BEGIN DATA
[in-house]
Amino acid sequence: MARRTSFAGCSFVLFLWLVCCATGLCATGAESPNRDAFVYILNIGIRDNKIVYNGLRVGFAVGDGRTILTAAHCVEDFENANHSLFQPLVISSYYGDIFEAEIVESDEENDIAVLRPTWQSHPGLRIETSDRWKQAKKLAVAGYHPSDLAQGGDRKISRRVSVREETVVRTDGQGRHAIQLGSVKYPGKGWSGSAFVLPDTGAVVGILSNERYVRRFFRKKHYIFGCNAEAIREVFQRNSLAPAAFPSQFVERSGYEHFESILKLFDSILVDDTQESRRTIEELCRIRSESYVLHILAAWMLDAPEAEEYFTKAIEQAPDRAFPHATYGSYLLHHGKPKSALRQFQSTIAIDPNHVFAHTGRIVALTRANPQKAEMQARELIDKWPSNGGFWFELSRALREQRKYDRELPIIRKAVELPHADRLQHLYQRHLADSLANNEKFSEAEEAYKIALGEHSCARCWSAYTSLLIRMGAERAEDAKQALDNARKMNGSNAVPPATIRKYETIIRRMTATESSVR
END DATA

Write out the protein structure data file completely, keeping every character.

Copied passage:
[in-house]
Amino acid sequence: MARRTSFAGCSFVLFLWLVCCATGLCATGAESPNRDAFVYILNIGIRDNKIVYNGLRVGFAVGDGRTILTAAHCVEDFENANHSLFQPLVISSYYGDIFEAEIVESDEENDIAVLRPTWQSHPGLRIETSDRWKQAKKLAVAGYHPSDLAQGGDRKISRRVSVREETVVRTDGQGRHAIQLGSVKYPGKGWSGSAFVLPDTGAVVGILSNERYVRRFFRKKHYIFGCNAEAIREVFQRNSLAPAAFPSQFVERSGYEHFESILKLFDSILVDDTQESRRTIEELCRIRSESYVLHILAAWMLDAPEAEEYFTKAIEQAPDRAFPHATYGSYLLHHGKPKSALRQFQSTIAIDPNHVFAHTGRIVALTRANPQKAEMQARELIDKWPSNGGFWFELSRALREQRKYDRELPIIRKAVELPHADRLQHLYQRHLADSLANNEKFSEAEEAYKIALGEHSCARCWSAYTSLLIRMGAERAEDAKQALDNARKMNGSNAVPPATIRKYETIIRRMTATESSVR